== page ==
Michelle Obama digs in against weaker school-lunch standards
First lady Michelle Obama said Tuesday that efforts by members of Congress to weaken school lunch standards are not acceptable, and she is speaking out on policy, something she rarely does.
First lady Michelle Obama is striking back at House Republicans who are trying to weaken healthier school meal standards, saying any effort to roll back the guidelines is "unacceptable."
The rules set by Congress and the administration over the last several years require more whole grains in the lunch line and set limits on sodium, sugar and fat. The first lady met Tuesday with school nutrition officials who said the guidelines are working in their schools.
The event was an unusual move for the first lady, who has largely stayed away from policy fights since she lobbied for congressional passage of a child nutrition law in 2010.
"The last thing we can afford to do is play politics with kids' health," Mrs. Obama told participants.
An agriculture spending bill approved by a House subcommittee last week would allow schools to waive the standards if they have a net loss on school food programs for a six-month period. Rep. Robert Aderholt, R-Ala., who wrote the bill, said he was responding to requests from school food directors. The House Appropriations Committee is expected to approve the spending bill this week.
At the White House event, school nutrition directors from New York City to Los Angeles to a rural county in Georgia told the first lady success stories about implementing the standards and said they would be disappointed to see any roll backs.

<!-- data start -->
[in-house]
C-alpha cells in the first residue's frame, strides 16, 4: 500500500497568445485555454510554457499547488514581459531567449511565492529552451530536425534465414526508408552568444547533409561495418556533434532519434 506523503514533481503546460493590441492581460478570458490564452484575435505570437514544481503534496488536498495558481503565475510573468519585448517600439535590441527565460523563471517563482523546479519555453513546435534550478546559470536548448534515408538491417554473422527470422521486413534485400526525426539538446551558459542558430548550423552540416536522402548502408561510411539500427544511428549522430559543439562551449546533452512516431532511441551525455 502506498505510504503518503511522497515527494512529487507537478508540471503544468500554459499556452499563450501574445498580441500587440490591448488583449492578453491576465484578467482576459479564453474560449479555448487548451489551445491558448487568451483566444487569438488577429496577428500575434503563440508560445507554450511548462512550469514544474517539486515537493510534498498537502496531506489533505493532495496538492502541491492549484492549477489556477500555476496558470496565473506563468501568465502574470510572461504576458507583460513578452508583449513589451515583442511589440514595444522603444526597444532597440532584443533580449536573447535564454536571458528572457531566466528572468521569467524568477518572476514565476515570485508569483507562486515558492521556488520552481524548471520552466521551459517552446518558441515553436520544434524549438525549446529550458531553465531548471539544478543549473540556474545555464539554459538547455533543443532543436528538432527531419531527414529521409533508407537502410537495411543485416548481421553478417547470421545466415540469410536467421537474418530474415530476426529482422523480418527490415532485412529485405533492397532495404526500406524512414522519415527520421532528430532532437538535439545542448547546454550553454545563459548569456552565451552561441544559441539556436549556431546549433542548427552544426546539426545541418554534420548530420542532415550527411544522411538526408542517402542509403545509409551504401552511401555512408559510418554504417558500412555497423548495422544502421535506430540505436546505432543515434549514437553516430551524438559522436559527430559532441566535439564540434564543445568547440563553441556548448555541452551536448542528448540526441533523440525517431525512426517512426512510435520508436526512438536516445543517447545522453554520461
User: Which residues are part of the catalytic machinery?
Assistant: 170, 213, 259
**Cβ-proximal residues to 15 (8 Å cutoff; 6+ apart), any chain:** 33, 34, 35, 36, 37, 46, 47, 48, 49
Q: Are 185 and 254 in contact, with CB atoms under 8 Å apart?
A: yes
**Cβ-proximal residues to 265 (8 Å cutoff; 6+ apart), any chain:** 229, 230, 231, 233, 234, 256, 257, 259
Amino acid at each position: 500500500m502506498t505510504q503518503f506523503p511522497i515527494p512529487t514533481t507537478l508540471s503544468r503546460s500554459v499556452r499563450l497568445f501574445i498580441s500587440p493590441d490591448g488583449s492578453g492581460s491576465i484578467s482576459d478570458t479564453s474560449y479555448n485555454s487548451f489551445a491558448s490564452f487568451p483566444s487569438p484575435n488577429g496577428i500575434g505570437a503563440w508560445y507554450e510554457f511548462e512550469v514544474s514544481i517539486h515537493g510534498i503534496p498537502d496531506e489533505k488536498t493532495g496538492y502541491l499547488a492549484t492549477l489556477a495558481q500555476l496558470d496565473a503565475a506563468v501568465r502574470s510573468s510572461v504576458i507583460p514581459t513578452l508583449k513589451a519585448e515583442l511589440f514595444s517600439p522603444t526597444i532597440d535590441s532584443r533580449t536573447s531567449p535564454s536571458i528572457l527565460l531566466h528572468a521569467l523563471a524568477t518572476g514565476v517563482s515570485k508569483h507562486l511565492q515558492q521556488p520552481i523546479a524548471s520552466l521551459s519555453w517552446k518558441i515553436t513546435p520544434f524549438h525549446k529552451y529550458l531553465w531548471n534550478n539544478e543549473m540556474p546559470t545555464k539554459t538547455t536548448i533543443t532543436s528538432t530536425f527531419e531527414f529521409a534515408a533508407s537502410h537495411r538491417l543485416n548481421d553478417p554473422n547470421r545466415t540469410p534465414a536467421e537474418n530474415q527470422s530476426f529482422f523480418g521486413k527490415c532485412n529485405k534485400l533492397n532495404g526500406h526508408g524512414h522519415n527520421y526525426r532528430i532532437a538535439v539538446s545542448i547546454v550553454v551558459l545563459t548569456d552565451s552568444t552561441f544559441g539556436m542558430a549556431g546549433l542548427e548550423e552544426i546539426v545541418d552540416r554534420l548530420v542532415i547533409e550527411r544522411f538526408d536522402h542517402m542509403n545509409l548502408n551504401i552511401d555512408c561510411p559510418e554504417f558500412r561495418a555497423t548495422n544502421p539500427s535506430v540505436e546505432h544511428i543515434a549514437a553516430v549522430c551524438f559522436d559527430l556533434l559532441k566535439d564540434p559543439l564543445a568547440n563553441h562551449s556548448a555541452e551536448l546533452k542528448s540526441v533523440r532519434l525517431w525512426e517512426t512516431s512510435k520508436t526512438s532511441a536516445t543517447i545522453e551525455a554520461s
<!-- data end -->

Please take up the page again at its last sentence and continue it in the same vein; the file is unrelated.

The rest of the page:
"We're not just talking about food, we're talking about education," said David Binkle of the Los Angeles Unified School District. He said participation is up in his district, along with test scores and graduation rates.
The first lady asked the group for advice about how they can better respond to schools that are struggling, and suggested that the conversation should be focused on helping those schools rather than rolling back some of the standards completely. She said the government and schools can also do more to work with students to get them interested in what they are eating.
The guidelines have been phased in over the past two school years, with more changes coming in 2014. The School Nutrition Association, which represents school nutrition directors and companies that sell food to schools, has lobbied for changes to the standards.
The president of the group said Tuesday that the school nutrition officials invited to the White House aren't representative of those who have concerns.
"Our request for flexibility under the new standards does not come from industry or politics, it comes from thousands of school cafeteria professionals who have shown how these overly prescriptive regulations are hindering their effort to get students to eat healthy school meals," said SNA's Leah Schmidt.
The schools pushing for changes say limits on sodium and requirements for more whole grains are particularly challenging, while some school officials say kids are throwing away fruits and vegetables that are required.
The Agriculture Department, which administers the rules, has tweaked them along the way to try to help schools that have concerns. The department scrapped limits on the amount of proteins and grains that kids could eat after students complained they were hungry. Last week, USDA announced it would allow some schools to delay serving whole grain pastas just hours after the House subcommittee approved the opt-out language.
Not all school groups are lobbying for changes. The national PTA is pushing lawmakers to keep the standards intact.
"At a time when families are working hard to live healthy lives, school meals should be supporting families' efforts, not working against them," PTA President Otha Thornton wrote to members of Congress.